Mike Zigmont, author of the Zigmont Report, is a partner at New York-based Harvest Volatility Management, a hedge fund with over $12B AUM, offering volatility management solutions to its investor base worldwide. Mike has been publishing his daily newsletter (Monday-Friday) privately for the firm’s investors and his personal contacts in the investment business since 2008, sending it daily shortly after the market close.
The opinions expressed below are my own and do not necessarily represent those of Harvest Volatility Management, LLC.
Earnings season narrative. Earnings season is rip-roaring and the narrative of the season is solidly bullish. The S&P is climbing and the reason why is “earnings season.” The beats are everywhere. 89% of companies beat the analyst earnings expectations. This is the highest number ever. The data goes back 25 years by the way. That is obviously cause for earnings season enthusiasm. It’s easy to understand and provides ample justification for longs to get longer and bulls to keep bulling.
We’ve discussed all the caveats before but those are being ignored. The story is the force behind the tape and that’s all there is to it. It is doubtful that any future earnings results will puncture the narrative. The only question is how much further the earnings season excitement can take us? Facebook announces tonight. They are going to beat…they are going to add to the bullish hoopla.
Anyway, let’s look at the overall earnings season a little more closely.
2018 Q2 Earnings season:
19% of the S&P 500 reporting (7/25 data)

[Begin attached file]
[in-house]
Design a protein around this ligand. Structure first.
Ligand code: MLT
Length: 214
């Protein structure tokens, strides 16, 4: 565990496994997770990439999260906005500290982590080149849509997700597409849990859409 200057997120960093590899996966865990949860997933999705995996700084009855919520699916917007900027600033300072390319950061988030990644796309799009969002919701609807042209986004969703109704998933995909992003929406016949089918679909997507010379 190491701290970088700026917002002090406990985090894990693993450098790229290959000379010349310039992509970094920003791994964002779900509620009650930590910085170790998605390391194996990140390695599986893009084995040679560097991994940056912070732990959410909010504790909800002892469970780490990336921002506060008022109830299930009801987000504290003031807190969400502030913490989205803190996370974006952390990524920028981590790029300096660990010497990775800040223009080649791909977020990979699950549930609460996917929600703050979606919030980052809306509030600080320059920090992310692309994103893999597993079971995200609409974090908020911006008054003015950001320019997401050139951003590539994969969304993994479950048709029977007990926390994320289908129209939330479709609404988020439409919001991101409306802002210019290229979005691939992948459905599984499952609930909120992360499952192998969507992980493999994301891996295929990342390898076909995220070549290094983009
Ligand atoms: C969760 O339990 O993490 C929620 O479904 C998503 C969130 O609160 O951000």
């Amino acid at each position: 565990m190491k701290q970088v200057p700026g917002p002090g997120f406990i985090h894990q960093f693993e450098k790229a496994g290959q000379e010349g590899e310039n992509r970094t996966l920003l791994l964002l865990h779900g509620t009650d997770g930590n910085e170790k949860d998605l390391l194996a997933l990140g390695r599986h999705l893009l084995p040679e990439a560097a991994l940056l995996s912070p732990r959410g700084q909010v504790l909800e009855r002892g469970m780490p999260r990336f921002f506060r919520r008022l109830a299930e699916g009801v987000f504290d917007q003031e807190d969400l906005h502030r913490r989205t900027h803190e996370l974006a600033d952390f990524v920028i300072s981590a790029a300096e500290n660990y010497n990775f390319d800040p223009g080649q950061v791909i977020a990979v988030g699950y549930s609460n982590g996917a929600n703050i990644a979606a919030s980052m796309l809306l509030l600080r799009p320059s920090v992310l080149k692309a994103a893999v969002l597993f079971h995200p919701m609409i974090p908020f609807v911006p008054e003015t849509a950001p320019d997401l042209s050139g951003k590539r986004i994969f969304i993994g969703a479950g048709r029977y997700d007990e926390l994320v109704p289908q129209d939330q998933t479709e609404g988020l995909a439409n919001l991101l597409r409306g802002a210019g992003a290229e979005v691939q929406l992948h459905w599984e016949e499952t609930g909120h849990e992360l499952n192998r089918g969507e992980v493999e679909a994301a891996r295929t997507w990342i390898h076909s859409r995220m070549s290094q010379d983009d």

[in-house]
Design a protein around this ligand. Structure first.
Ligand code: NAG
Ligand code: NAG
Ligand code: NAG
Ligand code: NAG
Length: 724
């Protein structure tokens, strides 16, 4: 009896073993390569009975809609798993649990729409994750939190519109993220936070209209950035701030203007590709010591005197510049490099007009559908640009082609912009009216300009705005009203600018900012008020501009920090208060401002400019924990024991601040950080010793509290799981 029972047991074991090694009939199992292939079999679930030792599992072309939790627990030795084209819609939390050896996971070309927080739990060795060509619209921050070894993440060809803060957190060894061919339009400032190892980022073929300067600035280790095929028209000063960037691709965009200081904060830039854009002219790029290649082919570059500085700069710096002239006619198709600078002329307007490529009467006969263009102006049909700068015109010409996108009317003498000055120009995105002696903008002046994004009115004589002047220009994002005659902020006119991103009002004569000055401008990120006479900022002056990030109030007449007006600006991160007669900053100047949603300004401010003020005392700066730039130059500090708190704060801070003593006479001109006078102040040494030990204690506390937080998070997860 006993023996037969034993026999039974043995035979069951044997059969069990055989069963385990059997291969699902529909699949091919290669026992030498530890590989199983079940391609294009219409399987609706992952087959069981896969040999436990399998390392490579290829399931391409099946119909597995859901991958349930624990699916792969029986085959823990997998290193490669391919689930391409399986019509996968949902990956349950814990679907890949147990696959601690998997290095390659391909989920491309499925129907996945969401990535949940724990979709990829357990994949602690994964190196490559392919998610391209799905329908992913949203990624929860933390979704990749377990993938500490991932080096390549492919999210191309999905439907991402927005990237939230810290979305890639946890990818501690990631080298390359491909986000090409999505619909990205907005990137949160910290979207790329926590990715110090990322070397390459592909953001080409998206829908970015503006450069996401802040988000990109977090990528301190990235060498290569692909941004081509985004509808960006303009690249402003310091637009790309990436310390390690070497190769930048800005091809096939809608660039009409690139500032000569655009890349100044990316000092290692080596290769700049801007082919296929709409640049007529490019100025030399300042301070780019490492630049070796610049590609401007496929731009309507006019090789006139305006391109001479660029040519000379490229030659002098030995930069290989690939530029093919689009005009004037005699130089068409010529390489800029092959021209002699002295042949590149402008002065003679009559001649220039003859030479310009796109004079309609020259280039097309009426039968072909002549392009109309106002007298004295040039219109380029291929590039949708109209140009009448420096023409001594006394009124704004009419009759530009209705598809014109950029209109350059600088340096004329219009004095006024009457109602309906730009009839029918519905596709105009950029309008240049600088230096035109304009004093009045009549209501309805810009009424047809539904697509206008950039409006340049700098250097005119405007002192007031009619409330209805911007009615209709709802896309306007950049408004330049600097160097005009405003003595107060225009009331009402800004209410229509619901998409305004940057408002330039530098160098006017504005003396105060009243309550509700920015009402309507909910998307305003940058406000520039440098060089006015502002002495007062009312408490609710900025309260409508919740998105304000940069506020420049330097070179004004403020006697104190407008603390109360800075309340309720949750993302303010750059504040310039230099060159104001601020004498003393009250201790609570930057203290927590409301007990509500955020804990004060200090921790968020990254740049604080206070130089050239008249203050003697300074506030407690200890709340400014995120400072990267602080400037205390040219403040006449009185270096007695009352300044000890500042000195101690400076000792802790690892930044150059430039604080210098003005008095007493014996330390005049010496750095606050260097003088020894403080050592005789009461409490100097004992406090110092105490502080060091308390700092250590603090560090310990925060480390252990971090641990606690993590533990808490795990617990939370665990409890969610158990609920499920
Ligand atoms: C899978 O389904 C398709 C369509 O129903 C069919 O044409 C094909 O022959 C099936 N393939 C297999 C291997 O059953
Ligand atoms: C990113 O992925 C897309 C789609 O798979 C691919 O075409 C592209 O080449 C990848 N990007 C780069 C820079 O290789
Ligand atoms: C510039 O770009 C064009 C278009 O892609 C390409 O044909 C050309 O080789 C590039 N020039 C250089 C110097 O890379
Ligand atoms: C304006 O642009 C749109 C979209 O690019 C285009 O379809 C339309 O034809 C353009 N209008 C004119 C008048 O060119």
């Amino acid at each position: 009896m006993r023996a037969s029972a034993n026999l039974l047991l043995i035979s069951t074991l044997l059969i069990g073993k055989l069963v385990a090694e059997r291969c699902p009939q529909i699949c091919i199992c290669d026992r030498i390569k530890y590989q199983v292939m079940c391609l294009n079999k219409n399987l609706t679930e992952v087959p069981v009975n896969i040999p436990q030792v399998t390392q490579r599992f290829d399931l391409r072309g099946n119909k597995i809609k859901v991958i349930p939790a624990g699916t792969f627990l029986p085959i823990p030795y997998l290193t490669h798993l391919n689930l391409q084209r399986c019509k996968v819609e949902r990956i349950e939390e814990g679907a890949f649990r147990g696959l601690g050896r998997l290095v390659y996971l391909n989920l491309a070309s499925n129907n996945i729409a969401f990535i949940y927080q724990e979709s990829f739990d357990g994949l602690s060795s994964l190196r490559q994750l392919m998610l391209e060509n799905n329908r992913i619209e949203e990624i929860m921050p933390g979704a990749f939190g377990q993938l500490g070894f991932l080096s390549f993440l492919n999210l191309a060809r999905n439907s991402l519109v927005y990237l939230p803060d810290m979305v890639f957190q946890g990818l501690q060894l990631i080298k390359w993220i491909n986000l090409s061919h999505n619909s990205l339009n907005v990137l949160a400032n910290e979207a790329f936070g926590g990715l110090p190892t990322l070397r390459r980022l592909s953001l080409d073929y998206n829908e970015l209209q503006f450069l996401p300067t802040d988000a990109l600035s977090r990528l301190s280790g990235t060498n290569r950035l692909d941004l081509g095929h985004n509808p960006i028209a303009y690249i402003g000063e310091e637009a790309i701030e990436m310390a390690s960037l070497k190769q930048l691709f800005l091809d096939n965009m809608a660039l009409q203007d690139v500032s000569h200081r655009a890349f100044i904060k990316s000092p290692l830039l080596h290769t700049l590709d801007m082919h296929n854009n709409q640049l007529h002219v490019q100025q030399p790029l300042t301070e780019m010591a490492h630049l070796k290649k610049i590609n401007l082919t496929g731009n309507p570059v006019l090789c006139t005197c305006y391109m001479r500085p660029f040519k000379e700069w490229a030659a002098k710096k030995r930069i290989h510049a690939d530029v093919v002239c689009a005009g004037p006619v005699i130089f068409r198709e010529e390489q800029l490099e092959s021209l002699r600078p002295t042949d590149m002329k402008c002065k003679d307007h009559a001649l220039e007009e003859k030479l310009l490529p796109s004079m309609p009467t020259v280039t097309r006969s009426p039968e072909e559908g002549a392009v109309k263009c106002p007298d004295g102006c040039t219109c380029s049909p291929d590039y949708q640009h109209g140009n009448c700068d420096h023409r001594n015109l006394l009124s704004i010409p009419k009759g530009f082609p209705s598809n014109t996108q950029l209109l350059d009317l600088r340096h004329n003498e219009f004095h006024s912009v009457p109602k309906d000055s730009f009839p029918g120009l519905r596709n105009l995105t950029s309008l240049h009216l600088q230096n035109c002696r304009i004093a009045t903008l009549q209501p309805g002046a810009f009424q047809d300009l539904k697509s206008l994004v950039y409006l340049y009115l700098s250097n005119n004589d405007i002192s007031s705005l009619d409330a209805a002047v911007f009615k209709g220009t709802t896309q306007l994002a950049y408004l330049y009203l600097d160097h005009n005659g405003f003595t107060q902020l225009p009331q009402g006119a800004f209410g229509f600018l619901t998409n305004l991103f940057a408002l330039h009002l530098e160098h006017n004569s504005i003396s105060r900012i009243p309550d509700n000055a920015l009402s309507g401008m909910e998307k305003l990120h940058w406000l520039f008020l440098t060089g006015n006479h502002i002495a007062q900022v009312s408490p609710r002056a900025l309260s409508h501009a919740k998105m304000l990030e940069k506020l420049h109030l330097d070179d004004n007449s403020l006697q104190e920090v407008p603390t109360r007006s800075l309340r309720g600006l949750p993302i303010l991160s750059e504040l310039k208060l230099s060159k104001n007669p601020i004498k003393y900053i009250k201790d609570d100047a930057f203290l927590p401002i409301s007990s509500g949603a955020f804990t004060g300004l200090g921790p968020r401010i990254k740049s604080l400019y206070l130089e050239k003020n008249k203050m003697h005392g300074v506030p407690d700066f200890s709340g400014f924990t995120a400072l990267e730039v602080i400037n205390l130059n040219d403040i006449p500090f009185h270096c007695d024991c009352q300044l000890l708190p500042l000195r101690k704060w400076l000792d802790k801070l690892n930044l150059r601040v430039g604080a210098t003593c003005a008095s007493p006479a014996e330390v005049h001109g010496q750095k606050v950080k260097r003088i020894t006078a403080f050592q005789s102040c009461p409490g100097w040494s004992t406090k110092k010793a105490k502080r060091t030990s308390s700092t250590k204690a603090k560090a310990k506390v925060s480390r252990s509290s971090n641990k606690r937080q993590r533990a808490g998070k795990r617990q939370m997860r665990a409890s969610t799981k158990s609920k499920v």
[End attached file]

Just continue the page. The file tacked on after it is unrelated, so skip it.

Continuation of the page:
Surprise vs Estimates
- Sales: +1.3% (7/25 data)
- Earnings: +5.2% (7/25 data)
Growth vs Prior (Y/Y)
- Sales: +8.8% (7/25 data)
- Earnings: +23.5% (7/25 data)
These are all impressive numbers. We should not be surprised that the earnings season narrative is as rosy as it is.
The question that the market isn’t asking very seriously however is: a what price?
These numbers are great. No argument here. But how much should one *pay* for these numbers?
The market’s answer is simple: more.
Pay more than yesterday.
One last item.
In the last 30 minutes of the day, a leak of EU trade concessions and a US/EU trade deal popped out. Supposedly a trade war with Europe has been averted. The S&P popped 15 handles on the news and bond prices dropped materially across maturities and the Dollar weakened against the Euro. Risk-on was the big macro response at the end of the session.
See you tomorrow,
P.S. Facebook beat on earnings but missed on revenues. FB is down 10% in the after hours trading. Nasdaq and S&P futures are down in sympathy. As usual, I would not pass judgement immediately. We need to see what the reaction is tomorrow morning.